The Baltimore Sun July 18, 2002
Report faults decisions by intelligence agencies
By Tom Bowman
WASHINGTON - The nation's spy agencies failed to provide adequate warning of the Sept. 11 terrorist attacks due partly to a series of "questionable management decisions" about where to spend money and assign workers, according to a sharply worded congressional report released yesterday.
The Central Intelligence Agency and the National Security Agency must do more to penetrate al-Qaida and other terrorist organizations, said the report by the House Intelligence Subcommittee on Terrorism and Homeland Security.
It was the first congressional report on the subject since the attacks on the Pentagon and the World Trade Center.
The CIA should hire more foreign agents, while the NSA must shift from being a passive listener to a "proactive hunter" of terrorist targets.
At the same time, the FBI was faulted in the report for the reluctance of top officials to share counterintelligence information with other agencies.
"This report contains constructive suggestions for what the intelligence community needs to do to strengthen our country's counterterrorism intelligence capabilities," said Rep. Porter J. Goss, the Florida Republican who chairs the committee and has joined with the Senate committee in an investigation into why America had no advance warning of the attacks on the World Trade Center and the Pentagon.
The FBI had no immediate comment on the report, while the CIA and NSA said they were making progress in dealing with the terrorist threat. Though funding for counterterrorism has sharply increased, both intelligence agencies said they face budget constraints in pursuing terrorists and spies.
The intelligence community, with an annual budget in excess of $30 billion, is expected to receive billions of dollars more in the coming years. The CIA has an estimated work force of 19,000 and the NSA is believed to have 25,000 employees at Fort Meade, although precise figures are classified.
While the report repeated long-standing criticisms that the agencies must hire more linguists and analysts to fight terrorism, the report broke ground by focusing on management decisions it said were key factors in the agencies' inability to sound the alarm before Sept. 11.
The CIA's human intelligence - such as that gathered by foreign spies in the agency's employ - steadily eroded in the early to mid-1990s because the CIA perceived a reduced terrorist threat, the report said.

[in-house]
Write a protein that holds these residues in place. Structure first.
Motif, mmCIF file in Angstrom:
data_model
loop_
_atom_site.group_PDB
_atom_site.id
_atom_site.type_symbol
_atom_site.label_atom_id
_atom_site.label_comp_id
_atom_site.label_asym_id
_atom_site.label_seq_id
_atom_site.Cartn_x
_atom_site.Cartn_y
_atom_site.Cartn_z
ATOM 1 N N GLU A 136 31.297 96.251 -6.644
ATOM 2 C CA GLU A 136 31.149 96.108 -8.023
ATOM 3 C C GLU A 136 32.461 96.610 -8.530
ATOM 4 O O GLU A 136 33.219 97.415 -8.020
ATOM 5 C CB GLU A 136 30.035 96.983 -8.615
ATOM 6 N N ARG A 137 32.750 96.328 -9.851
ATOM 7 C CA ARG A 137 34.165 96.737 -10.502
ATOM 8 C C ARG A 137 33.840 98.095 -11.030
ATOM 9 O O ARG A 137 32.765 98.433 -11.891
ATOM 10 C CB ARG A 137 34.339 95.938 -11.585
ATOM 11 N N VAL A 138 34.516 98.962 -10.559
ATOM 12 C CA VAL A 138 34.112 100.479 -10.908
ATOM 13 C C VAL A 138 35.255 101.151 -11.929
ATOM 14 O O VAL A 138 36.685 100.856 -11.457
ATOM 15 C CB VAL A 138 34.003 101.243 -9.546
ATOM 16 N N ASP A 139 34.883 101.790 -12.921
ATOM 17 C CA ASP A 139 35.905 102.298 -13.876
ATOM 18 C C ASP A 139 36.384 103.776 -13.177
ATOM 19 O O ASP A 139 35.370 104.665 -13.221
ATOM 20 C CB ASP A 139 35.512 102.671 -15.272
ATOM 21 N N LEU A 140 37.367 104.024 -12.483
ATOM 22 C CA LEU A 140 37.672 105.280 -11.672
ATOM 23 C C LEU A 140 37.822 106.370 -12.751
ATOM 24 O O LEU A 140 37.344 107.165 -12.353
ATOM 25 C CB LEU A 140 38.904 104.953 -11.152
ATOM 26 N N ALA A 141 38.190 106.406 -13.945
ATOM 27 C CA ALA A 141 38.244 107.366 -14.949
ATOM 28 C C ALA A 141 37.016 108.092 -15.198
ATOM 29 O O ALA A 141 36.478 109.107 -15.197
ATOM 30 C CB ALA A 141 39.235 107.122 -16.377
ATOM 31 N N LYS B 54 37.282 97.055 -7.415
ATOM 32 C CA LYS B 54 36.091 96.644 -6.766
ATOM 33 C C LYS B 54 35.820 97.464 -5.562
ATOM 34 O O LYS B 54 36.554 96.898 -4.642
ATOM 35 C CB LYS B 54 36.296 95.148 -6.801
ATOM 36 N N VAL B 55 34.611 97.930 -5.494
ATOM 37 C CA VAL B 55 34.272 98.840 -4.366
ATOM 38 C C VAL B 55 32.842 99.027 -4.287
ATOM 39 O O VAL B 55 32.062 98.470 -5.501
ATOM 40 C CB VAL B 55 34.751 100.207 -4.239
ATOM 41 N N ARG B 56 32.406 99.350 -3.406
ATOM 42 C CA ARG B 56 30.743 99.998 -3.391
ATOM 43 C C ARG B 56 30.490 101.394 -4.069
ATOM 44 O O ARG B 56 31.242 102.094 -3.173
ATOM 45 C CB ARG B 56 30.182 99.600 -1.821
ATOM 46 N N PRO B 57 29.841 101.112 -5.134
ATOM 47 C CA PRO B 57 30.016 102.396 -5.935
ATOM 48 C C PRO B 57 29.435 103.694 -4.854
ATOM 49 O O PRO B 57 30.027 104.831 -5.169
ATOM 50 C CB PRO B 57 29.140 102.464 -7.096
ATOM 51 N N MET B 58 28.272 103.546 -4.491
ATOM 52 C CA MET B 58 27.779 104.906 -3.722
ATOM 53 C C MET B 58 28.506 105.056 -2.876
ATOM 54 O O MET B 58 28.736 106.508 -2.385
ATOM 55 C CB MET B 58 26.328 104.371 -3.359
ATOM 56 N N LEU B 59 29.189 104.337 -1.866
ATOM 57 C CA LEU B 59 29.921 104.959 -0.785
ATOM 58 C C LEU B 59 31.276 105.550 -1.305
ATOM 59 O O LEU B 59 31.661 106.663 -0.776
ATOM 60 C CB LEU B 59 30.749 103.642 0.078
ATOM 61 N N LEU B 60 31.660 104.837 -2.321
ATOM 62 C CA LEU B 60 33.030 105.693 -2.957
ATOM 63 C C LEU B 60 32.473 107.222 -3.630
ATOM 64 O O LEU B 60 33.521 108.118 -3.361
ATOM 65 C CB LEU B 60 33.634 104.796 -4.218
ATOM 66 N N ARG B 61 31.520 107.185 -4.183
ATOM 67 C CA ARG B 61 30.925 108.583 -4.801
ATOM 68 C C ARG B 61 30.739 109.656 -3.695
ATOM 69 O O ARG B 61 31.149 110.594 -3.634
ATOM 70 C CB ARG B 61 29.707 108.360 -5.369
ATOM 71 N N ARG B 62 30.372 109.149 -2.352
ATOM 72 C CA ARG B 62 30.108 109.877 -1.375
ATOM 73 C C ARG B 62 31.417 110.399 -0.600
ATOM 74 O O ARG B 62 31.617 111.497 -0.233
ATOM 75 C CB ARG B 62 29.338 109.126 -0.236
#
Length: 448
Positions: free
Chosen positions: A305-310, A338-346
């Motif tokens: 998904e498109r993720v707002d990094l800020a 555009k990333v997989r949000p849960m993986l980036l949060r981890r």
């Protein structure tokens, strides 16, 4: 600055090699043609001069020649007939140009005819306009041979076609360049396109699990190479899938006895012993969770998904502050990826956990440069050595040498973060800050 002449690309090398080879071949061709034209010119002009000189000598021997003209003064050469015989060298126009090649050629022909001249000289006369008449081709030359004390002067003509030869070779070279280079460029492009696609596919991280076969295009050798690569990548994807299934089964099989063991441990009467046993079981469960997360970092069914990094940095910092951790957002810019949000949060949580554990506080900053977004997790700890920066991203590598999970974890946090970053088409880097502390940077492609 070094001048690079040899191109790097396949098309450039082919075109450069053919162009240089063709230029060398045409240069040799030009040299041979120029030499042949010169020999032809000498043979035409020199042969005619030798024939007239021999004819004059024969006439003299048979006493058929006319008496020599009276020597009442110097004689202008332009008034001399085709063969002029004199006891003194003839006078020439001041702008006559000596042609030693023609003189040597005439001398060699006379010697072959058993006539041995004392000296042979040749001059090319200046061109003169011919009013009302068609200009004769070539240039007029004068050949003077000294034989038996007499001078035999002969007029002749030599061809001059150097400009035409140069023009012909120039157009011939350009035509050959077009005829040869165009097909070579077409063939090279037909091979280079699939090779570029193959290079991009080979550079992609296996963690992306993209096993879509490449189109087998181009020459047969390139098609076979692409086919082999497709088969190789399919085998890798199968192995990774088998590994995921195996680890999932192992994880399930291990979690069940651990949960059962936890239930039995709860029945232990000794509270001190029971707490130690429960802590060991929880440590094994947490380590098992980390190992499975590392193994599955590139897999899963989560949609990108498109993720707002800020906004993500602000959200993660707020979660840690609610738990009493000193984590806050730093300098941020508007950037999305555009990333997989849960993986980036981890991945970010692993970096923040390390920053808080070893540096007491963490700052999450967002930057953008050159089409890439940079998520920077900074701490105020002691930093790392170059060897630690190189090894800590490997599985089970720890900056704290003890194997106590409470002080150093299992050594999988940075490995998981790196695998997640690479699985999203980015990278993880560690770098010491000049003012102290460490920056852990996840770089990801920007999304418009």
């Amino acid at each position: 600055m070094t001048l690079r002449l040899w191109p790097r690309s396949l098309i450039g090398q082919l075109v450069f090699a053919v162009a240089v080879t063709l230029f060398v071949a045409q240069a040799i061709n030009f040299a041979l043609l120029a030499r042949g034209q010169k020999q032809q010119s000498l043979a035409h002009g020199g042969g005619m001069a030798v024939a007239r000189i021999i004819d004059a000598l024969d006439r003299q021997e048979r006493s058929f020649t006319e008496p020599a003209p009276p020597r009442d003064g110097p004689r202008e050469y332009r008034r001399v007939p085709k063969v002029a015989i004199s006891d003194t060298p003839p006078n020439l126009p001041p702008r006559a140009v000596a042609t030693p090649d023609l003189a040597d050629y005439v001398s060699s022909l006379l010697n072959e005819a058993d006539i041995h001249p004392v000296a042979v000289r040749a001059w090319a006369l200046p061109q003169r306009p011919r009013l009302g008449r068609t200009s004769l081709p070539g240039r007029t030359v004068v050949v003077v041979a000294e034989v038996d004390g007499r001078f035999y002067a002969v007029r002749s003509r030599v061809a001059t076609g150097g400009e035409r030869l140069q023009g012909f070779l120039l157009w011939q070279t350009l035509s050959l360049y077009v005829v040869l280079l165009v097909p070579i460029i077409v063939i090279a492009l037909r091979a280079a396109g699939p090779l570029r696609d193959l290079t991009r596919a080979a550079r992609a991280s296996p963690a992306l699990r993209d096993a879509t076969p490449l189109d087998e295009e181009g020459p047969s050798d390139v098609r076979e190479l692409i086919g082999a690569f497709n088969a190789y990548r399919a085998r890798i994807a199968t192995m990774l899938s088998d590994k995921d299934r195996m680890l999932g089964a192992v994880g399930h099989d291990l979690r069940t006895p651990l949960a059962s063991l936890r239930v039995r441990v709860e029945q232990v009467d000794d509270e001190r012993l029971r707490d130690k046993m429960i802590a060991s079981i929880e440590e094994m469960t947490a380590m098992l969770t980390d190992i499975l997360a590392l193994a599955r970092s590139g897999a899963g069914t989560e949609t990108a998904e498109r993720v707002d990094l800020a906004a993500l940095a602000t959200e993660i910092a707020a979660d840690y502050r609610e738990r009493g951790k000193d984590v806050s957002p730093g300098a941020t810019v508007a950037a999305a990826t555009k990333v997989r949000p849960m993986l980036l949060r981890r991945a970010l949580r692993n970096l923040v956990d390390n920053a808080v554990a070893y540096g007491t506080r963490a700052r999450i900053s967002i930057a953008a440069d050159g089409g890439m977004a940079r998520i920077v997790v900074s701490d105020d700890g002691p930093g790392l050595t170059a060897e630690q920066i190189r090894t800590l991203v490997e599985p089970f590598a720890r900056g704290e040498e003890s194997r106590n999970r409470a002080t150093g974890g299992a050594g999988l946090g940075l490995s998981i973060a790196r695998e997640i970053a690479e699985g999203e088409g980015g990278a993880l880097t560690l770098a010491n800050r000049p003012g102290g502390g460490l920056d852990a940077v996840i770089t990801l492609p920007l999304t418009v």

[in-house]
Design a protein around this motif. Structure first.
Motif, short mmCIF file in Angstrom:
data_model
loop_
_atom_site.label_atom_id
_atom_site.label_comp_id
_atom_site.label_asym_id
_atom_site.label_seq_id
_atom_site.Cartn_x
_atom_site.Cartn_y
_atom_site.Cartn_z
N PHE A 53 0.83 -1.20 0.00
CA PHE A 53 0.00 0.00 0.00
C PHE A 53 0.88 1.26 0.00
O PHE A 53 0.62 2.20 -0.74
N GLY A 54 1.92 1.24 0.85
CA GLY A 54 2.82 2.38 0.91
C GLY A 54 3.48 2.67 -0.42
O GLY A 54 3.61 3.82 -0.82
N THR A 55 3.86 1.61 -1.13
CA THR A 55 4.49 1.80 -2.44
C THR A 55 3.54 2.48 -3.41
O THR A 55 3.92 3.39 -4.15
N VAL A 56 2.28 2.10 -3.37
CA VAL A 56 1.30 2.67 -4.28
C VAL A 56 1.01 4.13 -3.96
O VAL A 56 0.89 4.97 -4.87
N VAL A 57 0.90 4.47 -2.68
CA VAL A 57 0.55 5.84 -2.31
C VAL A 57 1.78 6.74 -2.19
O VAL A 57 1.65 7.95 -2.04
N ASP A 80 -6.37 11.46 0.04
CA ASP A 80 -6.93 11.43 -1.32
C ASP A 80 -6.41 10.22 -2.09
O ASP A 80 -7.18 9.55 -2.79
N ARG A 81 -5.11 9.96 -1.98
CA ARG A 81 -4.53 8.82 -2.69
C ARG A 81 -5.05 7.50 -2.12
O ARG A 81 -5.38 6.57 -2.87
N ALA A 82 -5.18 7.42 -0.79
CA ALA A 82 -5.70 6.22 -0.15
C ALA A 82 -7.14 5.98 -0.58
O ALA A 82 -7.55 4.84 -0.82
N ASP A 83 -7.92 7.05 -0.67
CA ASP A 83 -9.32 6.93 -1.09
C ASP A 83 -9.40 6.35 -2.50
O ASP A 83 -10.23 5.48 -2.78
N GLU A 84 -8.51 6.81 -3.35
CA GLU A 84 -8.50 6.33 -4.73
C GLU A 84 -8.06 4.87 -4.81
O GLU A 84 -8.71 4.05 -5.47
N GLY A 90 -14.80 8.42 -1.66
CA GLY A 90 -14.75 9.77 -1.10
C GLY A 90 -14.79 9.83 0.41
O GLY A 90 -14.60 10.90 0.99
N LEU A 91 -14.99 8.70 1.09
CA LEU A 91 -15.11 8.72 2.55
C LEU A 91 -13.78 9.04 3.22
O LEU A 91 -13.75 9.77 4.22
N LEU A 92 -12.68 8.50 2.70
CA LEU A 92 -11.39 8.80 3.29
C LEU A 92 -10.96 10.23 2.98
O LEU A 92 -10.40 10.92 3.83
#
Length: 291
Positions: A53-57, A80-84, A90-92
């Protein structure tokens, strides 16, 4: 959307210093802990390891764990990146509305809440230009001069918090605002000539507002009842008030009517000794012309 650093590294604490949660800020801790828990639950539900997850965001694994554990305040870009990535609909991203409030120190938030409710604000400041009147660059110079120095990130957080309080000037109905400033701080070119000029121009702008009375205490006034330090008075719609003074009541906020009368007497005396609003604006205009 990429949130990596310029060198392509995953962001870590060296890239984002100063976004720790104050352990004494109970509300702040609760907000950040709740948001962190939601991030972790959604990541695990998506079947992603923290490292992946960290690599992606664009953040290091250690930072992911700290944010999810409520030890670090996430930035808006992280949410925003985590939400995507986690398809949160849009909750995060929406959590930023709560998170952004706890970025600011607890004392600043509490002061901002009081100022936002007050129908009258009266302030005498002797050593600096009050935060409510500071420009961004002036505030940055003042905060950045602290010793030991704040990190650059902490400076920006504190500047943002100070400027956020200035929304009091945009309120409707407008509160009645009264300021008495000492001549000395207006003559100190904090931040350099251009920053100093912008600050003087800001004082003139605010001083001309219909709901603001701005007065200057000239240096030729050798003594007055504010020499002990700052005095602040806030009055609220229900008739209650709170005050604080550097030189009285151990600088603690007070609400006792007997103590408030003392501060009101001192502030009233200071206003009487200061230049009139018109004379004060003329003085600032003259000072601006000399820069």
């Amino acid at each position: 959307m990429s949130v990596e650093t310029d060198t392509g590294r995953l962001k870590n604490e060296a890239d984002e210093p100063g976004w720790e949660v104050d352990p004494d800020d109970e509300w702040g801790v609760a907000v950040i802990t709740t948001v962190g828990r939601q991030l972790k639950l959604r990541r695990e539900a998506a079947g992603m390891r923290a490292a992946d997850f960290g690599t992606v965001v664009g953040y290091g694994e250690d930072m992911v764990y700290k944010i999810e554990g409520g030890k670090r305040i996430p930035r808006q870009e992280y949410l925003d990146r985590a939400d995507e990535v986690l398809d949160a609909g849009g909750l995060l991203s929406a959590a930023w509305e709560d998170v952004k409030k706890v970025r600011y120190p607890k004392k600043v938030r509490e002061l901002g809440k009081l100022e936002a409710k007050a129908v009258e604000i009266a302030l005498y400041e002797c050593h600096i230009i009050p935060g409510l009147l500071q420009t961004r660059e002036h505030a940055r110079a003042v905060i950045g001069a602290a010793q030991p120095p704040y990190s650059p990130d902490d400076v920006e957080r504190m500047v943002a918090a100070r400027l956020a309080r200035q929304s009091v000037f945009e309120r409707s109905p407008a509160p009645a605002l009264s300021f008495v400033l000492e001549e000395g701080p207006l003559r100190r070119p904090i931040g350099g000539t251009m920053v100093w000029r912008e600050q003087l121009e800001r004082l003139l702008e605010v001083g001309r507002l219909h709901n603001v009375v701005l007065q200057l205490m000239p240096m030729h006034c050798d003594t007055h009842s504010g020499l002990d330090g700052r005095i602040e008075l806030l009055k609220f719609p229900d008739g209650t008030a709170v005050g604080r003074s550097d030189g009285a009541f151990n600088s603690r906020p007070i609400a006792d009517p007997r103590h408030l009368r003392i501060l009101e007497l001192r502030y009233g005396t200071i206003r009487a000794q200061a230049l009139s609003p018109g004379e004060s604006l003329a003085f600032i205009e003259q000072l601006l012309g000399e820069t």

It said the NSA had failed to find a way to closely follow a target who switches from a land-line phone to a cell phone or an Internet address.
A senior intelligence official, who requested anonymity, said the CIA had yet to completely review the 100-page classified report. A declassified, 10-page summary was publicly released.
But the intelligence official defended the agency's efforts on counterterrorism. Beginning in 1997, Director George J. Tenet beefed up the agency's efforts against terrorism with new employees and more focused analysis. Counterterrorism funding grew by 50 percent between 1997 and 2001, while the number of case officers - those who recruit foreign spies - rose by the same percentage.
The official laid part of the agency's difficulty at the feet of Congress and the White House: "We certainly ask the administration and Congress to reverse the trend of increasing intelligence funding after terrorist attacks and then dropping back to former inadequate levels after the smoke clears."
Robert Baer, a CIA officer for 21 years who left in 1997 and wrote about his experiences in the recent book See No Evil, said the committee's criticisms jibe with his own. Too much money was spent on CIA headquarters staff, he said, and not enough on the critical and often risky intelligence work overseas.
The committee report "is right on the mark," he said.
NSA released a statement saying it is dedicated to meeting technological challenges and ensuring that it has the right skills mix in its work force. The statement also said that since the end of the Cold War, "NSA is one-third smaller in population and has one-third fewer resources at its disposal."
John Pike, an intelligence analyst with globalsecurity.org, said that many of the criticisms were not new, and some of them amount to "Monday morning quarterbacking" by Congress.
Still, Pike said he was intrigued that the committee is calling for NSA to become a hunter rather than a passive listener. He said that might mean the agency will be encouraged to start "placing more bugs" around the world through its Special Collection Service, a joint program it runs with CIA that operates out of a secret office building in Beltsville.
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